He unrolled the scroll and found the place
Bible Text: Nehemiah 8:1-3, 5-6, 8-10, Psalm 19, 1 Corinthians 12:12-31, Luke 4:14-21 | Preacher: Rev. Dr. James Clubine | Series: 2013 Sermons
When he came to Nazareth, where he had been brought up, he went to the synagogue on the sabbath day, as was his custom. He stood up to read, 17and the scroll of the prophet Isaiah was given to him. He unrolled the scroll and found the place where it was written: ‘The Spirit of the Lord is upon me, because he has anointed me to bring good news to the poor.”
Could you do what Jesus did at his home synagogue that day? If I handed you a Bible could you find in the book of Isaiah “where it was written: ‘The Spirit of the Lord is upon me, because he has anointed me to bring good news to the poor.” You could certainly begin by going to the Bible’s index (you know it has and index, don’t you); you could go to the index and find the page number for the book Isaiah. But Isaiah has 66 chapters so where is this particular sentence—“The Spirit of the Lord is upon me”?
Some of you have Bibles with footnotes that offer all kinds of helpful information; for example, in Luke’s gospel where we read this story of Jesus’ visit to his home synagogue you may have a footnote that tells you Jesus cited from the first two verses of Isaiah chapter 61. (But then you would have to find the gospel of Luke). Indeed Jesus was handed the scroll of Isaiah; papyrus scrolls were exceedingly cumbersome. A scroll couldn’t be longer than 35 feet (unrolled) or else it couldn’t be handled and a handwritten copy of the book of Isaiah would have taken an entire scroll. There were no chapter and verse divisions. The ability to receive this scroll and find the place where, what we can Isaiah 61:1-2, is written indicates that Jesus was very familiar with the Bible.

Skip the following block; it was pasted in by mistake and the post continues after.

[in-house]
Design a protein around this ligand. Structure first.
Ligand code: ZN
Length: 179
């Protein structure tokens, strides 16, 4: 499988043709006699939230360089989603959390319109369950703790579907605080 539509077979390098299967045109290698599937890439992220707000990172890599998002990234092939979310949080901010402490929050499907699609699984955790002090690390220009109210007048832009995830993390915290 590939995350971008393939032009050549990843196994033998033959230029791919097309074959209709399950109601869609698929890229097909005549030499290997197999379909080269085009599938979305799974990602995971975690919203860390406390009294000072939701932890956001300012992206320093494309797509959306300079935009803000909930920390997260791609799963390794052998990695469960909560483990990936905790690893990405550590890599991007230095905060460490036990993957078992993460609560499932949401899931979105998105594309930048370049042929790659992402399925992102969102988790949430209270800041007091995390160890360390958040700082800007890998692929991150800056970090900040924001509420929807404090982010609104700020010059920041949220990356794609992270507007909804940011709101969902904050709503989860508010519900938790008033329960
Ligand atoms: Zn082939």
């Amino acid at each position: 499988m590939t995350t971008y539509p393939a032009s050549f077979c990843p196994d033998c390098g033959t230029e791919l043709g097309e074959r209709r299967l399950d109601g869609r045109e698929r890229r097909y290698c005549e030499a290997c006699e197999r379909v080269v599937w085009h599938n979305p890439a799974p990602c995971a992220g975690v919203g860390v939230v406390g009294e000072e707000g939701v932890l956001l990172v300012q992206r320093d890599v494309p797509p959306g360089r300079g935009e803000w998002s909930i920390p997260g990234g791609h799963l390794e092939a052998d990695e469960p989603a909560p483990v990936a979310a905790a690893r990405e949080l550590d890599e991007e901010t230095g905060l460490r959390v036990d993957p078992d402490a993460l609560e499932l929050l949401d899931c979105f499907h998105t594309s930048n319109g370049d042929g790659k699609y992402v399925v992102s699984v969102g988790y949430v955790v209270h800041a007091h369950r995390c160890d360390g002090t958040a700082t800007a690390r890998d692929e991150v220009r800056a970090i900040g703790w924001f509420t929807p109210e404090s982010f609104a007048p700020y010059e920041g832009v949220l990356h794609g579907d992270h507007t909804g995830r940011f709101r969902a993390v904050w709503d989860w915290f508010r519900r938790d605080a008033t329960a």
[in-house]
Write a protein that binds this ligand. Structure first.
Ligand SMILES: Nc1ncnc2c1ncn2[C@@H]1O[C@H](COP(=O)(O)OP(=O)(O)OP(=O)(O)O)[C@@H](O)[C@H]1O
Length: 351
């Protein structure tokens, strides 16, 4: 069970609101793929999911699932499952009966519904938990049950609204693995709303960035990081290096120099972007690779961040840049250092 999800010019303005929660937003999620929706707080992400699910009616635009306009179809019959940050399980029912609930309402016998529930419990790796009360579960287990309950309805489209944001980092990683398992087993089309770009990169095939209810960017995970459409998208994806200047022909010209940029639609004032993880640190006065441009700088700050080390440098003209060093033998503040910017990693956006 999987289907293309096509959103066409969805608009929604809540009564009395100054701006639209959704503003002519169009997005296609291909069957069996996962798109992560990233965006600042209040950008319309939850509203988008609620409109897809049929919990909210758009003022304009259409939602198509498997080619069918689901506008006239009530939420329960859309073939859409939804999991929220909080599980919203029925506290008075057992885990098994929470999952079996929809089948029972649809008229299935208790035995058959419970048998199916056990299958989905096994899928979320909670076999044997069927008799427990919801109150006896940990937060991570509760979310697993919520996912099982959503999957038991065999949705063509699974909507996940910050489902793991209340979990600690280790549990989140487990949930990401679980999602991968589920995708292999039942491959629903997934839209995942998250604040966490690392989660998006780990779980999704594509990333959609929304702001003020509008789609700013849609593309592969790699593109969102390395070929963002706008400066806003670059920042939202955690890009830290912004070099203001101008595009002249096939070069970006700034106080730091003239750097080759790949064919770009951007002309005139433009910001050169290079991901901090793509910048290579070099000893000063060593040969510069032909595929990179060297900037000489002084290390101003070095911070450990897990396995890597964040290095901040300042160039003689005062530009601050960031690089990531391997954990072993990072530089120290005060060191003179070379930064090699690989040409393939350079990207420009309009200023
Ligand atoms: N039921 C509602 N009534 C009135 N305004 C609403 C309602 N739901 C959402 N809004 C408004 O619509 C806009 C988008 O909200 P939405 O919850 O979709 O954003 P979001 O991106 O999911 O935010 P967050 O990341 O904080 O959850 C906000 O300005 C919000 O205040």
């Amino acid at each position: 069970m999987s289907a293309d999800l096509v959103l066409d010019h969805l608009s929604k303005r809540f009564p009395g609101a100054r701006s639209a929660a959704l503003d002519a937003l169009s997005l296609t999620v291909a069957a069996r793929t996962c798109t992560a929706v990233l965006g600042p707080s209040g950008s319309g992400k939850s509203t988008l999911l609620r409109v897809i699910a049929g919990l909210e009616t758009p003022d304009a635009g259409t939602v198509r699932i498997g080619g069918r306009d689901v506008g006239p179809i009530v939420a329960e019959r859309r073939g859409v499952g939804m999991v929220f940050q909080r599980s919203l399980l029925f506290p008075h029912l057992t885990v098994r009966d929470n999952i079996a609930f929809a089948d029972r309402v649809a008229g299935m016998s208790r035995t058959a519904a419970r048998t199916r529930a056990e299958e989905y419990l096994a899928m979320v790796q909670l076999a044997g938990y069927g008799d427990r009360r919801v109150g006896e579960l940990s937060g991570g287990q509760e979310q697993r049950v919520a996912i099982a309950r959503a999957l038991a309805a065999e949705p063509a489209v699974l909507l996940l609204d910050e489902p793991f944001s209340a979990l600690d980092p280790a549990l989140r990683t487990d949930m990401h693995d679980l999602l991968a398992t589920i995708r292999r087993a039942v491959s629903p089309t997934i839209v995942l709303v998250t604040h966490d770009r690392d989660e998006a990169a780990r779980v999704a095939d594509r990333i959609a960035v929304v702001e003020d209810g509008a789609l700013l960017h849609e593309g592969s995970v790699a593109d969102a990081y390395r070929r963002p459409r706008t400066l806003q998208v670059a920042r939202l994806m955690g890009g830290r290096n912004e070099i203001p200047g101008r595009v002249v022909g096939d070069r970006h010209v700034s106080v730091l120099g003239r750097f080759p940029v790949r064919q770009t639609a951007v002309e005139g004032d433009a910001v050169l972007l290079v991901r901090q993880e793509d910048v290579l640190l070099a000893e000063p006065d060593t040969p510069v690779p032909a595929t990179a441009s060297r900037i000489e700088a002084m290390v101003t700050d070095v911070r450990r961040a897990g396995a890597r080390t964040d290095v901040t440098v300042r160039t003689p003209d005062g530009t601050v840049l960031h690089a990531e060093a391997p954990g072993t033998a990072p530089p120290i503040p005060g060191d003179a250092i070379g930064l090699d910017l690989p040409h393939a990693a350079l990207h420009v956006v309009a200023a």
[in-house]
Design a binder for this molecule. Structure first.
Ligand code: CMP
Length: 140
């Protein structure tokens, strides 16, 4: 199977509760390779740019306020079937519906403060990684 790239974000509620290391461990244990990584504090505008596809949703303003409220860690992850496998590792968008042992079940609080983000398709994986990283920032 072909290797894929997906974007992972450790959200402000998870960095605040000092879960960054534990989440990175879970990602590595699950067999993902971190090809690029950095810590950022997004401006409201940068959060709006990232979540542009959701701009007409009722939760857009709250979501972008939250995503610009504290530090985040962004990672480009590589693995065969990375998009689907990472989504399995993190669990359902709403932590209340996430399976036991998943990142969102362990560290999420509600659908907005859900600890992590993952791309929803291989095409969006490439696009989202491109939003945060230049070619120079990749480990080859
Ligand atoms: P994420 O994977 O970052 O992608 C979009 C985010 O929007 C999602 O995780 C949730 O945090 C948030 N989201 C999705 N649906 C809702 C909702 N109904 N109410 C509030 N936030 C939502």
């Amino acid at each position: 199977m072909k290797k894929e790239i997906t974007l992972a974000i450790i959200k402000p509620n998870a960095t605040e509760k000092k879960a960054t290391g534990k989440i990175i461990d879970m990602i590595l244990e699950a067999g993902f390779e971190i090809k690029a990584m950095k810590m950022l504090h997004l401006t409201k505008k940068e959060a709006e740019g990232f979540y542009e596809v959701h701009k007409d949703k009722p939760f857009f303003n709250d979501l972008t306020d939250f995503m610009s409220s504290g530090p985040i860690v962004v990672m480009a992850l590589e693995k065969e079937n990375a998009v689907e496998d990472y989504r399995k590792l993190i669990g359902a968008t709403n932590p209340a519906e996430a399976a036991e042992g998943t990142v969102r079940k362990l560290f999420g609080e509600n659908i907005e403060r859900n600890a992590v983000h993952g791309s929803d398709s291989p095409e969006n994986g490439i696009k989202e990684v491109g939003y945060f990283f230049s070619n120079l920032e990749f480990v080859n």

Now we could respond—but he is Jesus, after all. He has special powers of knowing; so many things simple for him should not be expected of others. I invite you to recall that God became fully human in Jesus of Nazareth; he had to grow, develop, and learn as a human. He was tested in all respects like we are, said the author of Hebrews (Hebrews 4:15). I also remind you that the goal of our discipleship is to grow in our likeness of him. He leads the way in showing us the importance of knowing the scriptures for life and living.
I was recently sent a copy of an “Examination in Religious Knowledge” that was set by the school board of Glasgow in Scotland. A man from one of our church families was going through his late mother’s memorabilia and came across copies of exams his mother would have written when she was thirteen years of age—the date on the New Testament exam was May 24, 1918. There was also an Old Testament exam written the day before. Each exam had six sections with three questions in each section; students were required to answer one from each section. Here are two sections from the New Testament exam:
1. What women were at the grave of Jesus? Why were they there?
2. Mention the various appearances of Christ after the Resurrection.
3. What disciple refused for a time to believe in the Resurrection of Jesus? How were his doubts removed?
1. Tell what you know about Ananias and Sapphira.
2. Give a short account of the meeting of Philip and the Ethiopian eunuch.
3. Who said these words: “Almost thou persuadest me to be a Christian”? Relate the circumstances.
So, could you pass the examination?
1. In 2011 the King James Version of the Bible—also known as the Authorized version—turned 400 years old. It was the translation of the Bible that most English-speaking Christians over 45 years of age today grew up knowing. It is the only literary masterpiece produced by a committee. No other writing has penetrated idiomatic speech more deeply or for so long. By one linguist’s estimate, three times as many of its words and phrases have entered common usage as have those of Shakespeare. It gave the language “no man can serve two masters,” “how are the mighty fallen” and “out of the mouths of babes.” It gave “fly in the ointment” and “the spirit is willing but the flesh is weak.”
The KJV is often labelled a “translation.” More than 80 per cent of its New Testament and much of its Old Testament was the work of William Tyndale, whose translations of original Greek and Hebrew texts had appeared nearly a century earlier. It is also noteworthy that much of this translation is in simple words, chiefly one or two syllables only. “My sin is more than I can bear.” (Eight words, one syllable each.) “Blessed are the peacemakers.” “I will arise and go to my father.” “Freely have ye received; freely give.” “O ye of little faith.